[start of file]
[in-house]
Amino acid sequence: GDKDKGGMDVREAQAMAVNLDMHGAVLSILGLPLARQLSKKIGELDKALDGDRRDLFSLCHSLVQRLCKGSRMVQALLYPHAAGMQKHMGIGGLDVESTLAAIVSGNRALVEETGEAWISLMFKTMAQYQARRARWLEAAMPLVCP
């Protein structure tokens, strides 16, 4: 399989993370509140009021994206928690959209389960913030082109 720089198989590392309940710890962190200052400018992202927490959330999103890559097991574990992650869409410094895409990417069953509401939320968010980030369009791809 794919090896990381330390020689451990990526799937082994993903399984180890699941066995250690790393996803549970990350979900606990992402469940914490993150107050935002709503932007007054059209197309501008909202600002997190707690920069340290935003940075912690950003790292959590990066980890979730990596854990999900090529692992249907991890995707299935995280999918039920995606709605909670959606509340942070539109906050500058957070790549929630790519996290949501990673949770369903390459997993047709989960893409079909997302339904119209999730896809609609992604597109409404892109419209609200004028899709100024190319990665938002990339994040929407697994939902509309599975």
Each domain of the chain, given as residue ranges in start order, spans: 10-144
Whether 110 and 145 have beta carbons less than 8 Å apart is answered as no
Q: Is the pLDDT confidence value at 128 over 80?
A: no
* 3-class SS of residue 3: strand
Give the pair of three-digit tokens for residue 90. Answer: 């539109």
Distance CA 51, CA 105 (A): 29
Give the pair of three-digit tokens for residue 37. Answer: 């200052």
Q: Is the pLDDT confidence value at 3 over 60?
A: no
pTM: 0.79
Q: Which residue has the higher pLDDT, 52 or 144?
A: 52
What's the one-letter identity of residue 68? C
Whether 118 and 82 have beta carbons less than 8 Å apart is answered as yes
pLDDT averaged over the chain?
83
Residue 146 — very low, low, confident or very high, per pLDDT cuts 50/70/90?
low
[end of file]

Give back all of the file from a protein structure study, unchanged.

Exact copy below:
[in-house]
Amino acid sequence: GDKDKGGMDVREAQAMAVNLDMHGAVLSILGLPLARQLSKKIGELDKALDGDRRDLFSLCHSLVQRLCKGSRMVQALLYPHAAGMQKHMGIGGLDVESTLAAIVSGNRALVEETGEAWISLMFKTMAQYQARRARWLEAAMPLVCP
């Protein structure tokens, strides 16, 4: 399989993370509140009021994206928690959209389960913030082109 720089198989590392309940710890962190200052400018992202927490959330999103890559097991574990992650869409410094895409990417069953509401939320968010980030369009791809 794919090896990381330390020689451990990526799937082994993903399984180890699941066995250690790393996803549970990350979900606990992402469940914490993150107050935002709503932007007054059209197309501008909202600002997190707690920069340290935003940075912690950003790292959590990066980890979730990596854990999900090529692992249907991890995707299935995280999918039920995606709605909670959606509340942070539109906050500058957070790549929630790519996290949501990673949770369903390459997993047709989960893409079909997302339904119209999730896809609609992604597109409404892109419209609200004028899709100024190319990665938002990339994040929407697994939902509309599975």
Each domain of the chain, given as residue ranges in start order, spans: 10-144
Whether 110 and 145 have beta carbons less than 8 Å apart is answered as no
Q: Is the pLDDT confidence value at 128 over 80?
A: no
* 3-class SS of residue 3: strand
Give the pair of three-digit tokens for residue 90. Answer: 């539109």
Distance CA 51, CA 105 (A): 29
Give the pair of three-digit tokens for residue 37. Answer: 């200052």
Q: Is the pLDDT confidence value at 3 over 60?
A: no
pTM: 0.79
Q: Which residue has the higher pLDDT, 52 or 144?
A: 52
What's the one-letter identity of residue 68? C
Whether 118 and 82 have beta carbons less than 8 Å apart is answered as yes
pLDDT averaged over the chain?
83
Residue 146 — very low, low, confident or very high, per pLDDT cuts 50/70/90?
low